# A reflection on “Assessment Interviews, Phase 2”

I have spent a large portion of today in one-on-one conversation with the students in my Euclidean Geometry course. To prepare the students for these meetings, I asked them to complete a one page reflection paper, with this prompt. If you don’t want to click through, I basically ask the students to read through the “standards for assessment,” which is just a fancy name for my student learning goals, and do a self-assessment. Then I want them to make a plan of action for improvement during the next three weeks.

The striking part is the strength of the negative correlation between student self-assessment and my assessments.

Students who I recognize as having developed strong skills come it with focused critiques and tight plans for how to improve.

Students who I recognize as having not yet demonstrated many of our foundational skills show up with some confidence that they are doing everything just fine, and weak plans for self-improvement.

(This relationship is not perfect. Some students were spot on, of course.)

I have enough experience that I expected this, but to watch in unfold all day was really something.

# Opening Week for a Moore Method Course: Getting Comfortable

I am teaching iteration number ten of my Modified Moore Method Euclidean Geometry course. This semester I am making an effort to refocus on the basics: managing and mentoring the students as much as I can.

At this point, my theorem sequence is very stable. (I am no longer surprised much by what happens in this course.) This allows me to work on the other aspects of the course. I feel like I have started to let some important things go in the last year or so, and now I want to sharpen up. What has been lacking? I don’t think I have kept on top of the students to keep them engaged as well as I might. And I don’t think I have done a good job selling the method of instruction, either.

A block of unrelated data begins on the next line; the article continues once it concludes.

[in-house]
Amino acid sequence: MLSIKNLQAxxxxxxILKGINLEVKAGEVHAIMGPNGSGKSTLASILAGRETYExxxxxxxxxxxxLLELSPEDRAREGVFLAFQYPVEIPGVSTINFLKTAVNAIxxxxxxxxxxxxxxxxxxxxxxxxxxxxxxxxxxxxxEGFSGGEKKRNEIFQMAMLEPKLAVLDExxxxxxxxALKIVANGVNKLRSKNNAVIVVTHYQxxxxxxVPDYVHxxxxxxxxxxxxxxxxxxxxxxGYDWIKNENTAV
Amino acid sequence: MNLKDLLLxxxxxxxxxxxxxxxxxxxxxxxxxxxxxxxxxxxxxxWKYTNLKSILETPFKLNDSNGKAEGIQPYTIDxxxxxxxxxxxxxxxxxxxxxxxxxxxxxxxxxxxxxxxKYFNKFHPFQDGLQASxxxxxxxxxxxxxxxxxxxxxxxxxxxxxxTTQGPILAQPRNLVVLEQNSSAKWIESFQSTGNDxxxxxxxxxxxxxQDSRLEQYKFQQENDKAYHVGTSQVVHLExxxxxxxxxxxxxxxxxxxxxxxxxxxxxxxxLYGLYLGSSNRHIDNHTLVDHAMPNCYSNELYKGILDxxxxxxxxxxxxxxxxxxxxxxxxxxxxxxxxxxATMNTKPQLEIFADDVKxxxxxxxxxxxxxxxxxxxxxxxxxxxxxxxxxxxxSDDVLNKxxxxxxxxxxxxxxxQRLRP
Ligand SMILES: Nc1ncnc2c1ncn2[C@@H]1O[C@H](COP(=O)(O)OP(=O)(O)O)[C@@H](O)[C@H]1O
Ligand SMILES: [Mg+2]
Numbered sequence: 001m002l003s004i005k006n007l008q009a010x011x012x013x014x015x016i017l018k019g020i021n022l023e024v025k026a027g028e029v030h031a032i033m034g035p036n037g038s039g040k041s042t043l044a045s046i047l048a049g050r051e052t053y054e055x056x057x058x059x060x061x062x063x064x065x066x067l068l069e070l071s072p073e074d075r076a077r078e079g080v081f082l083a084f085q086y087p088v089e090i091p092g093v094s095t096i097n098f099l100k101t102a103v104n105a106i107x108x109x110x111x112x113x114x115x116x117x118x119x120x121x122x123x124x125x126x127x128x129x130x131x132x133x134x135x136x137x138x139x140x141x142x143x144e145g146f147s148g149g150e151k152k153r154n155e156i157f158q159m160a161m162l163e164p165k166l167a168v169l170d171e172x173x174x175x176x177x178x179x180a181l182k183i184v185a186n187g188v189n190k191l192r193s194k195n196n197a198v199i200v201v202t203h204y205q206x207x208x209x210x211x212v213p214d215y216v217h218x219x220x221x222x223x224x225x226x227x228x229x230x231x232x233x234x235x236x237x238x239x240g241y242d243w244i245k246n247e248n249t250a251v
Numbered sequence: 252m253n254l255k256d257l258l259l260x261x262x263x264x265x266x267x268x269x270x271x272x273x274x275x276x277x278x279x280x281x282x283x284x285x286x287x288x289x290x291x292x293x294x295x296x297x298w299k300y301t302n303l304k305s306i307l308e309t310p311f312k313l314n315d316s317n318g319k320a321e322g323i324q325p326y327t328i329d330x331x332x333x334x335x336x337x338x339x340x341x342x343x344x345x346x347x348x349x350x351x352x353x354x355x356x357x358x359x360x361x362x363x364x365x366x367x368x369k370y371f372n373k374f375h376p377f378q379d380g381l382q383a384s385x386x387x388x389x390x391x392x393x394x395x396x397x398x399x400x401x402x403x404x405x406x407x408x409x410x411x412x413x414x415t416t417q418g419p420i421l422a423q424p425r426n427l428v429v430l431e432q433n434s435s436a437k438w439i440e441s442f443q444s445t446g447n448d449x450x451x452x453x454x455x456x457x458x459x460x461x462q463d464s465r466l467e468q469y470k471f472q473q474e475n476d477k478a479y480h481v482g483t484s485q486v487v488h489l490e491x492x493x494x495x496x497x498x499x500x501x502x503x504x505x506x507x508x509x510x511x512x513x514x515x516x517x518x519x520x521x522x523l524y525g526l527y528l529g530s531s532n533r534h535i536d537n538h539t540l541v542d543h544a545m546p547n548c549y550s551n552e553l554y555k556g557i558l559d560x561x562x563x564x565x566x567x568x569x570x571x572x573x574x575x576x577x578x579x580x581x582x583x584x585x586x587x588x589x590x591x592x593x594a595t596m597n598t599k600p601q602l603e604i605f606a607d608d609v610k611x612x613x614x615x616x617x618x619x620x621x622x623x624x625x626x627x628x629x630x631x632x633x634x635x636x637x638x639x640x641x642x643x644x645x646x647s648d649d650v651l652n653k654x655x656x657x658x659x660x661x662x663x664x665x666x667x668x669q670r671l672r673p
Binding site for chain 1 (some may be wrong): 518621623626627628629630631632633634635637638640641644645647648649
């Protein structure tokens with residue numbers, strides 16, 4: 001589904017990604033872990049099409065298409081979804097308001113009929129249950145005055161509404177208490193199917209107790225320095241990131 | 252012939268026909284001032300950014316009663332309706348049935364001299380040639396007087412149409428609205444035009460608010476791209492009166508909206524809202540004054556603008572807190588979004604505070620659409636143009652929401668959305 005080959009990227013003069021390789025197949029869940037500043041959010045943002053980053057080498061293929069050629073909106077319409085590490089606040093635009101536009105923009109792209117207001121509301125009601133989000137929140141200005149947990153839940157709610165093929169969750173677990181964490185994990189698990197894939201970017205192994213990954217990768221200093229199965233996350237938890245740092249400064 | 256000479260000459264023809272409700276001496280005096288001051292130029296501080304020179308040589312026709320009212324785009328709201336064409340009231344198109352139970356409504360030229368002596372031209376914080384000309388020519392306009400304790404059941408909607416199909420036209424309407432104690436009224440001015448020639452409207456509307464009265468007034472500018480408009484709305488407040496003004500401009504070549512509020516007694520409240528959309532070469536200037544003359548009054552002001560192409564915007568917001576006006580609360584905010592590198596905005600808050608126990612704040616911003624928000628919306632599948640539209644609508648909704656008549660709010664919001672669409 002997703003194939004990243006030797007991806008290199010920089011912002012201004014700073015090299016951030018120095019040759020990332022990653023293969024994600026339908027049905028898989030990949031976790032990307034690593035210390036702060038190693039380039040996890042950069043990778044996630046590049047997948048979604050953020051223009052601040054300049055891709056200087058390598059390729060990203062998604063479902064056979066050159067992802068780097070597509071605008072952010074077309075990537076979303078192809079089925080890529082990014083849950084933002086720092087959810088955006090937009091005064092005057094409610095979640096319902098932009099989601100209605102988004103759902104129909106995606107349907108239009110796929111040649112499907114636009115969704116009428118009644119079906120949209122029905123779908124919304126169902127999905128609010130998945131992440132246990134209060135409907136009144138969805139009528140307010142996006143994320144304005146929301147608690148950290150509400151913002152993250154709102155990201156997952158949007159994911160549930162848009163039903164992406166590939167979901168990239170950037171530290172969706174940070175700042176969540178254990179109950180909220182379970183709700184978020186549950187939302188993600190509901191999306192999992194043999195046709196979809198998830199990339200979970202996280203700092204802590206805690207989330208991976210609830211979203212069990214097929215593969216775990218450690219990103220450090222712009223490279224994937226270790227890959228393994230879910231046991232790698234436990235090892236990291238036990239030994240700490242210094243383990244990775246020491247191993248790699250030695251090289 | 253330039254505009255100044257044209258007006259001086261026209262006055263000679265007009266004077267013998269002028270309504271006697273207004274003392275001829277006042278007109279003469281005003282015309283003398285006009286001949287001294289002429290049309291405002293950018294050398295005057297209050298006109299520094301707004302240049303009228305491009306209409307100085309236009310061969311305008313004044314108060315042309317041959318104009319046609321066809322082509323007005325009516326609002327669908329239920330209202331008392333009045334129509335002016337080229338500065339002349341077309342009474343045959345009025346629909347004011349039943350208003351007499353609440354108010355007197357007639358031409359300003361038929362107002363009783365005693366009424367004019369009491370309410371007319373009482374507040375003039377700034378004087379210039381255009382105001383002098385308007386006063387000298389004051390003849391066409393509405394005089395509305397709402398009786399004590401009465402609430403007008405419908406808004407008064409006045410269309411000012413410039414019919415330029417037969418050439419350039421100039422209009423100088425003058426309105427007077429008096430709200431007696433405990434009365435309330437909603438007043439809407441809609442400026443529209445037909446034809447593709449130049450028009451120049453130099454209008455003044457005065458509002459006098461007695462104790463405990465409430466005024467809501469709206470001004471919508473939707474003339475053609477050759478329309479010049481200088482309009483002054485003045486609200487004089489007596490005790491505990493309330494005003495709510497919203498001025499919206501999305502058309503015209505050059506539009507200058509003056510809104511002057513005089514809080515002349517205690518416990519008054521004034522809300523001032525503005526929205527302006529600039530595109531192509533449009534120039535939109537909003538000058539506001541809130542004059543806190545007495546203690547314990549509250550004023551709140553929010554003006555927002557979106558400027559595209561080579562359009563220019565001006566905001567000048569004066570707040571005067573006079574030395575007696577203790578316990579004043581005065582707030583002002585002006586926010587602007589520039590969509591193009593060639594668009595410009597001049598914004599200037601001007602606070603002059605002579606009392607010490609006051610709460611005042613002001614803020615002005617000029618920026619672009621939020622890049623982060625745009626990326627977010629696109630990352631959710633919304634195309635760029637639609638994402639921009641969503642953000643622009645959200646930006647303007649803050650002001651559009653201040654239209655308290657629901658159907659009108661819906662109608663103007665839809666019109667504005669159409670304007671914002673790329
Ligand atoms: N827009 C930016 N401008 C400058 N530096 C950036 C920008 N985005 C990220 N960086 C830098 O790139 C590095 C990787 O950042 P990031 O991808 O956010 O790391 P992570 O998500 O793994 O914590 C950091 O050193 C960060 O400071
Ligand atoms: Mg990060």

So, I was much more deliberate about introducing myself to each of my sixteen students on the first day. I have been very explicit about my expectations and my willingness to help them meet those expectations (which are rather high). And I will be making a conscious effort to check in with as many students as possible each day.

The first week was a rousing success, I think. Each day we got at least one theorem. We have already set the expectation for what counts as an argument. (Well, surely, there is still some work to be done.) The class has made two conjectures. We took some time to discuss some basic points of what acceptable writing will look like. I even successfully navigated our first potential difficult situation and found something positive in it. All in all, I am feeling pretty good about this.

I think our next test comes when we have to finish conjecture 1.1. They haven’t addressed the second statement in that, yet.

And sometime next week I will have to steal ten minutes to talk with them about my Standards Based Assessment experiment for the term.